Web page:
During the spring of 1912, Albert Cross, a student in the department of civil engineering at the University of Pennsylvania in Philadelphia, received a letter from Warren Cole indicating that he had received Cross' name from a mutual acquaintance and that he would like to form a chapter of Lambda Chi Alpha at the University of Pennsylvania.

Cross liked Cole's idea and began talking with some of his friends. One of these friends was John E. "Jack" Mason, whom Cross had met in a French class that summer. Mason, who had hardly been interested in existing fraternities at Penn, suggested to another friend, Raymond Ferris, that they "take a shot at" establishing a chapter of Lambda Chi Alpha.

Thus, with colossal nerve, Cross, Mason, Ferris, and five other men dared to launch a fraternity chapter on a campus with an abundance of long-established national fraternities. But with determination, Epsilon Zeta began.

Following the addition of Zeta Zeta at Penn State, the infant fraternity now felt confident in contacting established local groups. Cole made the acquaintance of members of Sigma Phi Delta at Brown University and won its affiliation. A "picked delegation" at MIT proved successful. By the beginning of 1913, Delta Kappa at Maine was admitted as the seventh chapter.[7] On March 31, 1913, Sigma Zeta at the University of Michigan was founded, being the first chapter installed with the Mason initiation ritual.[8] Within a decade of Cole's founding, the fraternity grew to 53 chapters spanning from Maine to California and from Michigan to Texas. Cole accomplished this largely by traveling to schools and finding local fraternities that aspired to affiliate with a national organization. Since these groups were largely ignored by other established fraternities, Cole's method was very successful.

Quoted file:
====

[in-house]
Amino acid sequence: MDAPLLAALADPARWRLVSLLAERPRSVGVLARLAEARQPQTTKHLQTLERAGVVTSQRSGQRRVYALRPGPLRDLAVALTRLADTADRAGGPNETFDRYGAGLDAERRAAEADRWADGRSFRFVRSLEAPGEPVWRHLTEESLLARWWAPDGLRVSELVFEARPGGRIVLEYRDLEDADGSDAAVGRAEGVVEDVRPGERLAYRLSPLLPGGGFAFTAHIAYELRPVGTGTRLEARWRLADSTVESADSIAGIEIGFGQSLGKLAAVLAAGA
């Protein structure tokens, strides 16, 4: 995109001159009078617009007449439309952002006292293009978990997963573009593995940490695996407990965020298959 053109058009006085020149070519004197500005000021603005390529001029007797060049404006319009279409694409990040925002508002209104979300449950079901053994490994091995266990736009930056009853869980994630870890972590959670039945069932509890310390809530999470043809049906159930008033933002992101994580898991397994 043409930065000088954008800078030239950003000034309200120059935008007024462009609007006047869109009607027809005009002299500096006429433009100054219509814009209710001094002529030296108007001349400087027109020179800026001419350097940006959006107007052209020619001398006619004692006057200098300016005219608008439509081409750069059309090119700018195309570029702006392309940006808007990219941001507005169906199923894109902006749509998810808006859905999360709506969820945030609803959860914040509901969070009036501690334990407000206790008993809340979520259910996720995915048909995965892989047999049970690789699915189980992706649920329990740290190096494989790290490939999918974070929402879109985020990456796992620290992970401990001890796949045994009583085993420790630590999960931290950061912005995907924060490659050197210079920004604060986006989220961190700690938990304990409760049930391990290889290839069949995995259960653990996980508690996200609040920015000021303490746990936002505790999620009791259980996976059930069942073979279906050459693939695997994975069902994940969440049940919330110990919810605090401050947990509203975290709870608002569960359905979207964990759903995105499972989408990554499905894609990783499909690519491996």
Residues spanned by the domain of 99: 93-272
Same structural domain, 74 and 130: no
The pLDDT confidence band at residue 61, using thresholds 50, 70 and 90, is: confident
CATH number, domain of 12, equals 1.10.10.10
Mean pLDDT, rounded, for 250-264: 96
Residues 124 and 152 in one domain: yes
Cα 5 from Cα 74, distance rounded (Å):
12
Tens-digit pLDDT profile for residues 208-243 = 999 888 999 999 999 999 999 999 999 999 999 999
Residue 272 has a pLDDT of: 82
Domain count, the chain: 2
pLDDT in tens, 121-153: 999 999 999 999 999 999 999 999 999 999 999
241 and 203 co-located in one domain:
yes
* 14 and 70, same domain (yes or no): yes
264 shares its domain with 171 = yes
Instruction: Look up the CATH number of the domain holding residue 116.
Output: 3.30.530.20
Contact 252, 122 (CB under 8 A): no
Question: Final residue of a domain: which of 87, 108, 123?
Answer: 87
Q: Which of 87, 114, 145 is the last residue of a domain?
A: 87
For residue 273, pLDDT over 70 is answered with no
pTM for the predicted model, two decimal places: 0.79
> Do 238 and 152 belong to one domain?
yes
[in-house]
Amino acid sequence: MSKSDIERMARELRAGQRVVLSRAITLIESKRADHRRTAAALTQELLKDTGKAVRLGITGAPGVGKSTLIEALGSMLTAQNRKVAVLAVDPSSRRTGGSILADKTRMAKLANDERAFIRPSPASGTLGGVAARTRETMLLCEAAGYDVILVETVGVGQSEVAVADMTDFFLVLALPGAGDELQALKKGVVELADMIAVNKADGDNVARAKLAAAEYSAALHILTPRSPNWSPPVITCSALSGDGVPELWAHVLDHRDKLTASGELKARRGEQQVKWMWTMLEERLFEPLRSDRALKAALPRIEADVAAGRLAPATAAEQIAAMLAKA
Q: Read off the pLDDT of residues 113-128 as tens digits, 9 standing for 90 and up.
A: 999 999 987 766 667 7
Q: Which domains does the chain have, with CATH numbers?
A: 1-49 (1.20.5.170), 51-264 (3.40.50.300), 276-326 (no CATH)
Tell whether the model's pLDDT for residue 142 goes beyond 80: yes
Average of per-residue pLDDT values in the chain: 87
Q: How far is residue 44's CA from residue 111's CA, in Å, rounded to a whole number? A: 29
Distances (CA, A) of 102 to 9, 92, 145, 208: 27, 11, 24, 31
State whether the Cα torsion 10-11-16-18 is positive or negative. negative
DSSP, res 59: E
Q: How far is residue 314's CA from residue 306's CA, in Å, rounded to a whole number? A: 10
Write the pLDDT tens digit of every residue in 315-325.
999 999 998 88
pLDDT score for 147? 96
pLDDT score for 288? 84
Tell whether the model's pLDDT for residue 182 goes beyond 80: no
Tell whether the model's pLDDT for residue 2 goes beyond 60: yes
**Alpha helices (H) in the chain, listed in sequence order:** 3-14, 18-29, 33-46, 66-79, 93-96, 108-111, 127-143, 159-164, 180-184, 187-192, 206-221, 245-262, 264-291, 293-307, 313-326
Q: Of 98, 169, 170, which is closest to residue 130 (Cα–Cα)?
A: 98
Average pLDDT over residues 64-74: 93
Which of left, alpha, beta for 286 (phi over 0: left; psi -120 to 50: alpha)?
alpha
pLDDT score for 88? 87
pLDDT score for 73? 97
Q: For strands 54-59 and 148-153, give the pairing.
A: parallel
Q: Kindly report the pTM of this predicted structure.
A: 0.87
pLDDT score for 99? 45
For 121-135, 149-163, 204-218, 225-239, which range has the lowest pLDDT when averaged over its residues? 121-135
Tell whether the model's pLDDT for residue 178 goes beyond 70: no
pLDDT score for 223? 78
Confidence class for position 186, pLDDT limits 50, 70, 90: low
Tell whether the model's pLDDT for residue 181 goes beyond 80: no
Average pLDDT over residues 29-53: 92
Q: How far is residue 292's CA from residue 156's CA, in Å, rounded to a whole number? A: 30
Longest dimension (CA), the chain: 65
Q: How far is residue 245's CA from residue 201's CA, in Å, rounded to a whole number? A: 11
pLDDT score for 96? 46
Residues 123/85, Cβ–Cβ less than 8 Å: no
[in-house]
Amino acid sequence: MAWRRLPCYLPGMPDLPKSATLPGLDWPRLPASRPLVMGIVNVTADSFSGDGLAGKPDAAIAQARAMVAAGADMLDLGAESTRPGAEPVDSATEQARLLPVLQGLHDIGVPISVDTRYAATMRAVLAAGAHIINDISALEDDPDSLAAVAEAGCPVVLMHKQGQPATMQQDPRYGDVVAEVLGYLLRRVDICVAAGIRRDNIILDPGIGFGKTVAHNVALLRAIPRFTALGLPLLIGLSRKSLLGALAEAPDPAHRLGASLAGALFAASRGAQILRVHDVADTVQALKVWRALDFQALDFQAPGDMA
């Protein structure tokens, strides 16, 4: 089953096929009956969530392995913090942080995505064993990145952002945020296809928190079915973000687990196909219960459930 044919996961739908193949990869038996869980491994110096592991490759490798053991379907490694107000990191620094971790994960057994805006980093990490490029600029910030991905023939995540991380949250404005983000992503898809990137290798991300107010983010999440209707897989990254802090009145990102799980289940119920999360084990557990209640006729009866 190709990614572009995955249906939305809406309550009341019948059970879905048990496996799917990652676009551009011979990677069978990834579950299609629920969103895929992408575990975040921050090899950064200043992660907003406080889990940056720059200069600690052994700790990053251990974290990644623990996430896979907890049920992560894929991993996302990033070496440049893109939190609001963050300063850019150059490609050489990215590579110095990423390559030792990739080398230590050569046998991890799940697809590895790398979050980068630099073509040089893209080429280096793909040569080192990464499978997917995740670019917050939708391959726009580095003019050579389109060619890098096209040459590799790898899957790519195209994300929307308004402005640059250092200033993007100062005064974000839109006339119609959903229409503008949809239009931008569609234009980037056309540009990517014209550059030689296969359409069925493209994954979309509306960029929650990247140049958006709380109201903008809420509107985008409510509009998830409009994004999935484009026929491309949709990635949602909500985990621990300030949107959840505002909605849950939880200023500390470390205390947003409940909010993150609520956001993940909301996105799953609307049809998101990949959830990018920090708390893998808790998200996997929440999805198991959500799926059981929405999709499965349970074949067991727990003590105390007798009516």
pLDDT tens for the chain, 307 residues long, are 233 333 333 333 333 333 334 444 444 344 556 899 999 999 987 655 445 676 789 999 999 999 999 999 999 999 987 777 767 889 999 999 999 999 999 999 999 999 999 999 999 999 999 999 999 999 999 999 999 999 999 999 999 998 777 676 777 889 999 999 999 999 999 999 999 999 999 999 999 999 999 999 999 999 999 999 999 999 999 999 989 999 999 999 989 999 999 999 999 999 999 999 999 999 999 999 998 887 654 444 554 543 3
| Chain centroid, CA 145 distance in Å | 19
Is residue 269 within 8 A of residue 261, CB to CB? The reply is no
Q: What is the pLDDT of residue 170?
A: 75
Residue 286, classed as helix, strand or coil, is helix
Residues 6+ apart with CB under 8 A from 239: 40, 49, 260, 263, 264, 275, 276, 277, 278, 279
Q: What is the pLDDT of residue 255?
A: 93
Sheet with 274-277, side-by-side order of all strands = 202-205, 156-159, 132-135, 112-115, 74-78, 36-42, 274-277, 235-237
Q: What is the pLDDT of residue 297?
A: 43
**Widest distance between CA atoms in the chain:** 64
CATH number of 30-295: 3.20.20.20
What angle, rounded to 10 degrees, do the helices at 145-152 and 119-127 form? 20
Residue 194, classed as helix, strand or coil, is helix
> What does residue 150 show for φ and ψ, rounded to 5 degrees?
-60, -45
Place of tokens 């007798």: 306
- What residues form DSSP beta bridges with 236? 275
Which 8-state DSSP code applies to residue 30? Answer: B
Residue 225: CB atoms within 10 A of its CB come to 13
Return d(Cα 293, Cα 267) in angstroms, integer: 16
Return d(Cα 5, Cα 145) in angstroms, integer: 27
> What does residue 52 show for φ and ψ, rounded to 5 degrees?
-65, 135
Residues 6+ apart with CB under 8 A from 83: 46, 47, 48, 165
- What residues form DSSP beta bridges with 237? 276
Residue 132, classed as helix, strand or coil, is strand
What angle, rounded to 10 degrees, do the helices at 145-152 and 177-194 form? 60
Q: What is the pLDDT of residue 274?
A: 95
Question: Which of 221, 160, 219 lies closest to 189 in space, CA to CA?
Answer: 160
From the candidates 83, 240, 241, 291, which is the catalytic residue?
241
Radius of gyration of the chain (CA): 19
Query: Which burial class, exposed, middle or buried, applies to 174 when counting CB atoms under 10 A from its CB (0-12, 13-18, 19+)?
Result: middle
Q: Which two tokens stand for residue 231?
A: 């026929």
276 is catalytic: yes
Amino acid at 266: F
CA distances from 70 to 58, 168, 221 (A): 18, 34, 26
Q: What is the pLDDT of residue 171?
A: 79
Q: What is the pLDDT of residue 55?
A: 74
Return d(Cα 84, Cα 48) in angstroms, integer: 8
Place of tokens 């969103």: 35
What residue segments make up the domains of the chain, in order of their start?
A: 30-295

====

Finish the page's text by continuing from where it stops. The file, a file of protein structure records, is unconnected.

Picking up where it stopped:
In 1927 Lambda Chi Alpha became an international fraternity with the founding of Epsilon-Epsilon Zeta at the University of Toronto in Toronto, Ontario, Canada.[9] Today the Fraternity is represented by three more Canadian chapters in addition to Epsilon-Epsilon: Epsilon-Rho Zeta at the University of Alberta (Edmonton, Alberta); Iota-Iota Zeta at McGill University (Montreal, Quebec); and Delta-Eta Zeta at the University of Western Ontario (London, Ontario).[10]

Theta Kappa Nu

Theta Kappa Nu Fraternity was formed by the union of 11 well-established local fraternities on June 9, 1924 in Springfield, Missouri. The pinnacle of the Springfield Grand Chapter was the signing of the League and Covenant-the instrument that embodied the ideals of the various groups and would bind them together to form one organization. Those present at the founding meeting were asked to come forward and sign the document. Each delegate realized that the signature meant the end of his local fraternity. In silence each delegate present came forward, removed the badge of the local from over his heart, placed it on the table, and signed the League and Covenant. Theta Kappa Nu was born.

With the help of the National Interfraternity Conference in identifying local groups and Theta Kappa Nu's policy of granting charters quickly to organizations with good academic standards, the young national fraternity grew quickly, and boasted 2,500 initiates in 40 chapters by the close of 1926. This record expansion remains unequaled in the fraternity world.[11]

As the Great Depression was drawing to a close, many fraternities were struggling in terms of membership and finances. Theta Kappa Nu began seeing its chapters shut down for the first time in the early 1930s, and was forced to reduce fees in 1933 and again in 1935 to maintain its membership. Meanwhile, Lambda Chi Alpha had lost one third of its membership. In 1938 a merger committee was formed.[12]